“Other spaces” by Andrea Branzi, dreamlike scenes in models and drawings

February 2, 2017

The Galleria Antonia Jannone presents some of the Archizoom’s associate’s unseen works – a series of small scale models and sculptures depicting mythical spaces and scenes, as well as some drawings and photo-collages of the architect’s personal production.

 

Altri Luoghi, Andrea Branzi Photo-collage, 1987. Andrea Branzi © Galleria Antonia Jannone

Altri Luoghi, Andrea Branzi Photo-collage, 1987. Andrea Branzi © Galleria Antonia Jannone

 

Andrea Branzi returns to Galleria Antonia Jannone in Milan from 8th February to 11th March, 2017 with the exhibition ‘Altri Luoghi’ (Other Places) showing a series of previously unseen sculptures and drawings.

The sculptures depict mysterious scenes created by the Italian architect in which  he uses clay, plaster, marble stone and wood. Enclosed in plexiglass cases, these scenes remind us of classical stages and tales with cryptic meaning. The drawings, part of the 1987 Dolmen series, link these sculptures to the architect’s previous work as part of a long-term design research process. (more…)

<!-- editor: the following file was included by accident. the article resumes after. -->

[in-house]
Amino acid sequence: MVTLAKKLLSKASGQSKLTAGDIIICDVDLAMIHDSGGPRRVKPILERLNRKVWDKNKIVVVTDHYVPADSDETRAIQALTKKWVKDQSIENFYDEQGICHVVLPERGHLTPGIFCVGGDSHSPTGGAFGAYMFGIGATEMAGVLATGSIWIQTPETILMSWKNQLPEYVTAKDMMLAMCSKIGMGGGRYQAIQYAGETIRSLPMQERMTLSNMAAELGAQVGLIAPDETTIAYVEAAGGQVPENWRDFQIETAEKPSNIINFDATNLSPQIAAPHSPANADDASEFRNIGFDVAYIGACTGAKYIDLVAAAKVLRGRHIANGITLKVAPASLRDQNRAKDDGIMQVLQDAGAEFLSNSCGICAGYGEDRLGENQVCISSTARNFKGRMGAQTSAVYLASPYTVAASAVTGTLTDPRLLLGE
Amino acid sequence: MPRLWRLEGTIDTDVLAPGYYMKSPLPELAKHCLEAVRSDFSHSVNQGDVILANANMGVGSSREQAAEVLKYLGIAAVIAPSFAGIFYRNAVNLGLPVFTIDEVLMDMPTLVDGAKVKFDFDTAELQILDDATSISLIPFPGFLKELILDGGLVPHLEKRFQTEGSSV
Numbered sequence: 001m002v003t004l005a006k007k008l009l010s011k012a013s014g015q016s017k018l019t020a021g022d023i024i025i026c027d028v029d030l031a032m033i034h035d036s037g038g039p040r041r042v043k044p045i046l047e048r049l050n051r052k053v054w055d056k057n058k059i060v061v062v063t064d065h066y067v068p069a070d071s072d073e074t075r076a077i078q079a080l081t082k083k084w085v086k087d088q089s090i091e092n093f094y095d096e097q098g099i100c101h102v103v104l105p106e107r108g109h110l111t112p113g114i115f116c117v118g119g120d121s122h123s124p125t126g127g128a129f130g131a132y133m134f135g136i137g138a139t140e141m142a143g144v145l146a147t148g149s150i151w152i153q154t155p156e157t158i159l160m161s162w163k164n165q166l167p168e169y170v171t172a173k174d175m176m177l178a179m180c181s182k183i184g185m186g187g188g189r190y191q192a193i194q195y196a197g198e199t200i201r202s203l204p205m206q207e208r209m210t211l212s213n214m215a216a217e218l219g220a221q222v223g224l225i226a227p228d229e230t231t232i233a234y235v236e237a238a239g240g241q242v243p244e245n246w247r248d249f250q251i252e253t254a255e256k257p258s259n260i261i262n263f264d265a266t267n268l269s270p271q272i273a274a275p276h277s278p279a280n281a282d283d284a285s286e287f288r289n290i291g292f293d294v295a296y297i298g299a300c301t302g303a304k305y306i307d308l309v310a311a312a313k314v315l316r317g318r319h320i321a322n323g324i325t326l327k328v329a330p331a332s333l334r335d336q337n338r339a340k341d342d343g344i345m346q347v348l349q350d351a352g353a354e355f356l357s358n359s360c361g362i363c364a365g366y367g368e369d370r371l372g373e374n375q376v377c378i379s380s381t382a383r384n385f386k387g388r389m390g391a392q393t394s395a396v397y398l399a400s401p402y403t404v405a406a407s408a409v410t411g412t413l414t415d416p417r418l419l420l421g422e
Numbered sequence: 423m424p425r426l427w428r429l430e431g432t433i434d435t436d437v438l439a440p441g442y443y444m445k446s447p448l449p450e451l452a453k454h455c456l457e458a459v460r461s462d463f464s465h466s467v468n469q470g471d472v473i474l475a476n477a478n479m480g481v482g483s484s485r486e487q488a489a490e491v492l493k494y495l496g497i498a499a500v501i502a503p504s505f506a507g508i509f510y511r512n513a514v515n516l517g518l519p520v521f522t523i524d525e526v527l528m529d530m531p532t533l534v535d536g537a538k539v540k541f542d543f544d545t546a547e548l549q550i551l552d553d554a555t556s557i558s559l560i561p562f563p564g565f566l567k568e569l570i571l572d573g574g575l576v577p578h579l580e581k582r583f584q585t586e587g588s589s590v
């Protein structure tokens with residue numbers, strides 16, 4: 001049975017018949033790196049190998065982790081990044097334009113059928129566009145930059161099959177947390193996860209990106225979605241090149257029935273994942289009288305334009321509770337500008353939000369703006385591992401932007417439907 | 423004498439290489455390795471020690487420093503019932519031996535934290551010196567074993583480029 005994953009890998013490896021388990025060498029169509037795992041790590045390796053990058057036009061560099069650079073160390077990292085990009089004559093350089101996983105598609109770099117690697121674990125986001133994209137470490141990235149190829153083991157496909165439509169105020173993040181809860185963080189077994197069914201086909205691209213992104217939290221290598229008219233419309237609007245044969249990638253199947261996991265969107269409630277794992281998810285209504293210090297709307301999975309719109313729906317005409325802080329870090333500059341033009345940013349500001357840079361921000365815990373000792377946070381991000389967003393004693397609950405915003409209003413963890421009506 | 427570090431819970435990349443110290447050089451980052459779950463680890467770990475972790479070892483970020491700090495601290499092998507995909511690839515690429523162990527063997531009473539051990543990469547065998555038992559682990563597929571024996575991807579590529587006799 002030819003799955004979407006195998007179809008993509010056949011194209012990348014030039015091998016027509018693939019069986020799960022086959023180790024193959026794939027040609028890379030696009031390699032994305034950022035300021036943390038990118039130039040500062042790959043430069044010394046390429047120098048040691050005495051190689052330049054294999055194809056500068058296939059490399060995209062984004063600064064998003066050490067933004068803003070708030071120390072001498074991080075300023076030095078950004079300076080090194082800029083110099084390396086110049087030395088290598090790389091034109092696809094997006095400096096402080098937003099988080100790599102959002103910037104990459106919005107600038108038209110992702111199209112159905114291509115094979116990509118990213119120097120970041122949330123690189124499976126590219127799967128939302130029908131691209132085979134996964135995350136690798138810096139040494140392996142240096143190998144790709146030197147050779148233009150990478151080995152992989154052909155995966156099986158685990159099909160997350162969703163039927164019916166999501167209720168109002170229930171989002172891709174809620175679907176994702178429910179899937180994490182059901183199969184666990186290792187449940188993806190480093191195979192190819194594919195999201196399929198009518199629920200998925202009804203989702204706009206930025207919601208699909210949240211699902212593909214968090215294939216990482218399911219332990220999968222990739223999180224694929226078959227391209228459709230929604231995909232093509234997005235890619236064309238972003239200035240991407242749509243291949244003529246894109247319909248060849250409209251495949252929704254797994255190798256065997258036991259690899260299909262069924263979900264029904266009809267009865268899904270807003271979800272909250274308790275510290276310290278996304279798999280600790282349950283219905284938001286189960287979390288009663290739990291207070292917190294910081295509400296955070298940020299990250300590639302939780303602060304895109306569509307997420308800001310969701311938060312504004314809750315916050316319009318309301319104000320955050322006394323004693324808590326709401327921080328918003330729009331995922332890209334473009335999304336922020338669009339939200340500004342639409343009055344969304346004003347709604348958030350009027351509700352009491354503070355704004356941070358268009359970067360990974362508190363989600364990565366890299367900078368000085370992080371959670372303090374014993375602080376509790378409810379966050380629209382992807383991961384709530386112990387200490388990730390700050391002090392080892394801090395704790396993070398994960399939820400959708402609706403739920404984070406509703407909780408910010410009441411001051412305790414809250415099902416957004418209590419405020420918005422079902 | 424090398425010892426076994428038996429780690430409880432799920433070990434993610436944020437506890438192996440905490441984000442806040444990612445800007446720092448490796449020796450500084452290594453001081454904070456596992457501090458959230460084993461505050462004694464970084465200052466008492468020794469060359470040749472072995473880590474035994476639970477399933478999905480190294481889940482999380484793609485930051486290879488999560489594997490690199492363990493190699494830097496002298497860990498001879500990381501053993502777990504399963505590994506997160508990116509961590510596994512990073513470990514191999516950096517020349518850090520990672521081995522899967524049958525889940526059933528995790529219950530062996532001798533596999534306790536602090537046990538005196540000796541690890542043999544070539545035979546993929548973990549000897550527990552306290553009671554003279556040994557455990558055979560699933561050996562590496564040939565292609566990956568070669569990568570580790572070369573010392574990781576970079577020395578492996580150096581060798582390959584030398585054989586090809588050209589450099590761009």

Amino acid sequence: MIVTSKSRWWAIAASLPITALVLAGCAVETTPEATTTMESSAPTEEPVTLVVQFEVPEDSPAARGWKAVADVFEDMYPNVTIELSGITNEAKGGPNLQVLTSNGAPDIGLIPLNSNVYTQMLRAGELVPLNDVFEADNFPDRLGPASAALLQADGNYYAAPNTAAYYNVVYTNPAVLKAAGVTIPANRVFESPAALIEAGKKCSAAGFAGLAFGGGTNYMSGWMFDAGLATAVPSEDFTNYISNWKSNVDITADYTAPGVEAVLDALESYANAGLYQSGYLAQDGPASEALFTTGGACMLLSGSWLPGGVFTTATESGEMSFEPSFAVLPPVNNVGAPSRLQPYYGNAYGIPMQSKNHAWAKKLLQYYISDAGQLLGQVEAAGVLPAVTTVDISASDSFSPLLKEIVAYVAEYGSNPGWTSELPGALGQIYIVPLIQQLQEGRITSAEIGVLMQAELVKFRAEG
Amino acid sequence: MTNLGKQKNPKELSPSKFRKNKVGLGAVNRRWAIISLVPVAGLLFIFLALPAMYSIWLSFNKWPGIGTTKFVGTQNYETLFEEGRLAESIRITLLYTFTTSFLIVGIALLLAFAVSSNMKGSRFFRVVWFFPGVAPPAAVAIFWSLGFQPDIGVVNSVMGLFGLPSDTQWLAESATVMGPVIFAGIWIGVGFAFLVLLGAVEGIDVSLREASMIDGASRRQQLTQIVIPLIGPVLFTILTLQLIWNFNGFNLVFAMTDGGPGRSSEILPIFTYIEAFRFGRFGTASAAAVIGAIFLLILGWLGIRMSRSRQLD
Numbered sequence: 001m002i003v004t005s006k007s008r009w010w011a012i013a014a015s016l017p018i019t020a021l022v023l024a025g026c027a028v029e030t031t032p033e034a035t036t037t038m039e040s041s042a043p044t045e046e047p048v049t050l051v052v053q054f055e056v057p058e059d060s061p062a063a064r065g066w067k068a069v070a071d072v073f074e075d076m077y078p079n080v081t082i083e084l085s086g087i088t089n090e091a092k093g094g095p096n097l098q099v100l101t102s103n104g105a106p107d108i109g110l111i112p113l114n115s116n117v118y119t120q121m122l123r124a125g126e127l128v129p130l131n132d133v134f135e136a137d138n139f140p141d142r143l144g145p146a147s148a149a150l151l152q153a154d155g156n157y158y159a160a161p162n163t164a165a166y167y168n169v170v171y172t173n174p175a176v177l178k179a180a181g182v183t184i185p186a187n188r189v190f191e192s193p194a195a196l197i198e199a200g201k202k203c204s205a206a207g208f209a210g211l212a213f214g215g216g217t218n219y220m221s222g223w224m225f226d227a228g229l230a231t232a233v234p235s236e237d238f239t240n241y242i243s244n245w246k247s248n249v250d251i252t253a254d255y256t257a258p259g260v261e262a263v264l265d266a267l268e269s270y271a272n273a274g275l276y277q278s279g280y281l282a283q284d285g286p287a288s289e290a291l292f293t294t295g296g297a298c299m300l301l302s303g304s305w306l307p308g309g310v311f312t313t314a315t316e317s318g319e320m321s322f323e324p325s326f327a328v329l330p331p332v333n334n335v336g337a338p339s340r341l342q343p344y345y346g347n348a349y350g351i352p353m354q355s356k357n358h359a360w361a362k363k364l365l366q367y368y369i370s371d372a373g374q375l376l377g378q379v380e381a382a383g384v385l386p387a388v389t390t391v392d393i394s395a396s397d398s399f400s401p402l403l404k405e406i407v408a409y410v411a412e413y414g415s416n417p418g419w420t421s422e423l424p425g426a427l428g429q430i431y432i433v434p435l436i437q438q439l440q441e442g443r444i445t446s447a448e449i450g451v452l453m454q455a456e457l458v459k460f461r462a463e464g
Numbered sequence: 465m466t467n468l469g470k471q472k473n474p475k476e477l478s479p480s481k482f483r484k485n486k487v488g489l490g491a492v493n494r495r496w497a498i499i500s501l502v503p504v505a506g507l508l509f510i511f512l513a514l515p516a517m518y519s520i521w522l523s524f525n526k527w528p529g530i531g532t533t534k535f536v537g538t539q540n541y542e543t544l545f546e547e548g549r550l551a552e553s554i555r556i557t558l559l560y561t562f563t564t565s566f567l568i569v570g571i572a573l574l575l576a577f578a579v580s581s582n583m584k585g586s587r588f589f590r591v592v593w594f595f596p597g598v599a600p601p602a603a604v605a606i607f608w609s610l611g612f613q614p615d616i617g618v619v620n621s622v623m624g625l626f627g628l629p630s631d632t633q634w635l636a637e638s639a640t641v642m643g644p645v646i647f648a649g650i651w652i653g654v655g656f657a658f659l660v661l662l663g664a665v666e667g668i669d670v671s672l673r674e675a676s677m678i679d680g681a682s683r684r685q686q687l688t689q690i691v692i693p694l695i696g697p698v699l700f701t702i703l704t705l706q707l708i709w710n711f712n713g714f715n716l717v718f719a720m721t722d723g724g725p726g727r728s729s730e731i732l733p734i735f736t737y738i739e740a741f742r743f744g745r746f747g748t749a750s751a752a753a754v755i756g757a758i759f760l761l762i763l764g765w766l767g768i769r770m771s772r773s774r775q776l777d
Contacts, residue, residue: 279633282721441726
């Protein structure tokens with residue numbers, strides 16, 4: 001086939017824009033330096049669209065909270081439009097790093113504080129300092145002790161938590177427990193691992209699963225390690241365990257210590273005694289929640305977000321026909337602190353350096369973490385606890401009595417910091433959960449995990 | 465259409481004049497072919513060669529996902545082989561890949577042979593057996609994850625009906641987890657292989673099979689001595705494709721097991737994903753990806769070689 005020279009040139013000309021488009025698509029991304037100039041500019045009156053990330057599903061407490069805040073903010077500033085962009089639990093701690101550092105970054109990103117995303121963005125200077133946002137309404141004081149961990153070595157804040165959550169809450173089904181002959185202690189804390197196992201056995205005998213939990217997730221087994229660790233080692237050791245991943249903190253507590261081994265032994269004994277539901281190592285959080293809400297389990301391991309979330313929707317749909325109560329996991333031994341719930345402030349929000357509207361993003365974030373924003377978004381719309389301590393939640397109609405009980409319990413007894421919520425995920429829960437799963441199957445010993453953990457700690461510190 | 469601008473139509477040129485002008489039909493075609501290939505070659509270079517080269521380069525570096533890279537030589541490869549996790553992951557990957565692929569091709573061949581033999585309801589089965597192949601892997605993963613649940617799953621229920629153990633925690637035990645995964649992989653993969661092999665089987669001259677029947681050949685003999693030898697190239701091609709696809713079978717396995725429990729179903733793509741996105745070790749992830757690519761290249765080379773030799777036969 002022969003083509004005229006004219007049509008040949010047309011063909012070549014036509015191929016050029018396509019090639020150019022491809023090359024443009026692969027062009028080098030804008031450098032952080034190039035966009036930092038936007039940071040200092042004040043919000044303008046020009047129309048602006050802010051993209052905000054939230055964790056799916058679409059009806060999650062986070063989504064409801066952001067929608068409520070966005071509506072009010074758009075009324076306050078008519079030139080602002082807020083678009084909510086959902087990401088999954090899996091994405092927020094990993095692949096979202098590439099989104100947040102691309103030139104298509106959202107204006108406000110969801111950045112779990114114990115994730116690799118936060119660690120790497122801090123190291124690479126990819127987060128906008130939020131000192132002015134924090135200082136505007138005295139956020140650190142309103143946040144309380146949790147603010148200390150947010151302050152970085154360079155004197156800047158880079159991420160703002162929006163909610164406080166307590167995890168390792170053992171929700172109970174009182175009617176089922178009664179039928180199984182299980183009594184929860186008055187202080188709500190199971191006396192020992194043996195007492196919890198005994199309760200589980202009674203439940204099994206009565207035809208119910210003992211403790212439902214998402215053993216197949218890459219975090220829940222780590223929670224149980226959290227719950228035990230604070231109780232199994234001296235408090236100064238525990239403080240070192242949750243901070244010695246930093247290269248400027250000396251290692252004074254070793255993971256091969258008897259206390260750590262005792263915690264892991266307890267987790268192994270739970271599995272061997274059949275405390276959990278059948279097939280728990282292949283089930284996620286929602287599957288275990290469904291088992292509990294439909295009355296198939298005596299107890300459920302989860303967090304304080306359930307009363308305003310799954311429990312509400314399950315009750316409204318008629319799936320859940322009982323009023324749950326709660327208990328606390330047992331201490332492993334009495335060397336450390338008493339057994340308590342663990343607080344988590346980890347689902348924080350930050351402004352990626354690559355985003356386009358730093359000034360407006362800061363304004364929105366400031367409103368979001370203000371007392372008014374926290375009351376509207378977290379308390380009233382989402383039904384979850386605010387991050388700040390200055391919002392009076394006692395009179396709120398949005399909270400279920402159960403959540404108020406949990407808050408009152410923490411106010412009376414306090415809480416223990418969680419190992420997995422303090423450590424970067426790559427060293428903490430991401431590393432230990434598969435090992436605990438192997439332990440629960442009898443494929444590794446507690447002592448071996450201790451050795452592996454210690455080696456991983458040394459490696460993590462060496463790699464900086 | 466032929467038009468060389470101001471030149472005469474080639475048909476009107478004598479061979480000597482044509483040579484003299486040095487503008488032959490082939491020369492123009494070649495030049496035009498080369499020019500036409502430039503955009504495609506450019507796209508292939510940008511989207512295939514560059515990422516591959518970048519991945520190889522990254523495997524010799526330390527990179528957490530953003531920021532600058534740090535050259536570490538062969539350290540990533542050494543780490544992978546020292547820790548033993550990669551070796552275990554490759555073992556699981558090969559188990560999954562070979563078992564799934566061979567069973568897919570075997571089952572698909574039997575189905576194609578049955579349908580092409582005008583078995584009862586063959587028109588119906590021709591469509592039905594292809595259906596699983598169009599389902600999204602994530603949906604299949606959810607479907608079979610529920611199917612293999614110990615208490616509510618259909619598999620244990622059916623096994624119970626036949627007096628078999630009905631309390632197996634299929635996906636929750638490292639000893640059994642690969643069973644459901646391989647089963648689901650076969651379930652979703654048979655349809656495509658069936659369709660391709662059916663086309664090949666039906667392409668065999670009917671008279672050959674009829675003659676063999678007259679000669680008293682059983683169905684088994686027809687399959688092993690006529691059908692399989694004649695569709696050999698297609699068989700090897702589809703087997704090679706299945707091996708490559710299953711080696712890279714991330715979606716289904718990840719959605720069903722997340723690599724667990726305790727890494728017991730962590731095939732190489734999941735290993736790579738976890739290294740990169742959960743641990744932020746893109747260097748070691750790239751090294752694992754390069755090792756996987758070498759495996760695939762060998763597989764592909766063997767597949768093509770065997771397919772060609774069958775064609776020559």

“Andrea Branzi. La metropoli primitiva” at Nivola Museum

March 9, 2016

The show comprises many recently designed objects, projects, and videos, with a few works from earlier periods, under the rubric of “metropoli primitiva” (The Primitive Metropolis), a vision of the present urban situation, in which the new cognitive capacity of humanity transcends certain physical and cultural traditions to offer primordial freedom.

 

Campo Sacro, Allineamenti di Carnac, Bretagna, V-III millennio a.c., 2012, Poliplat © Studio Branzi

Campo Sacro, Allineamenti di Carnac, Bretagna, V-III millennio a.c., 2012, Poliplat © Studio Branzi

 

The Nivola Museum will hold the first exhibition in Sardinia of Andrea Branzi. “The exhibition – says Giuliana Altea, president of the Nivola foundation – inaugurates the 2016 museum program devoted to the exploration of the relationship among, art, handicraft and design: an intertwinement which is paramount in Nivola’s work as well as in Branzi’s artistic research”.

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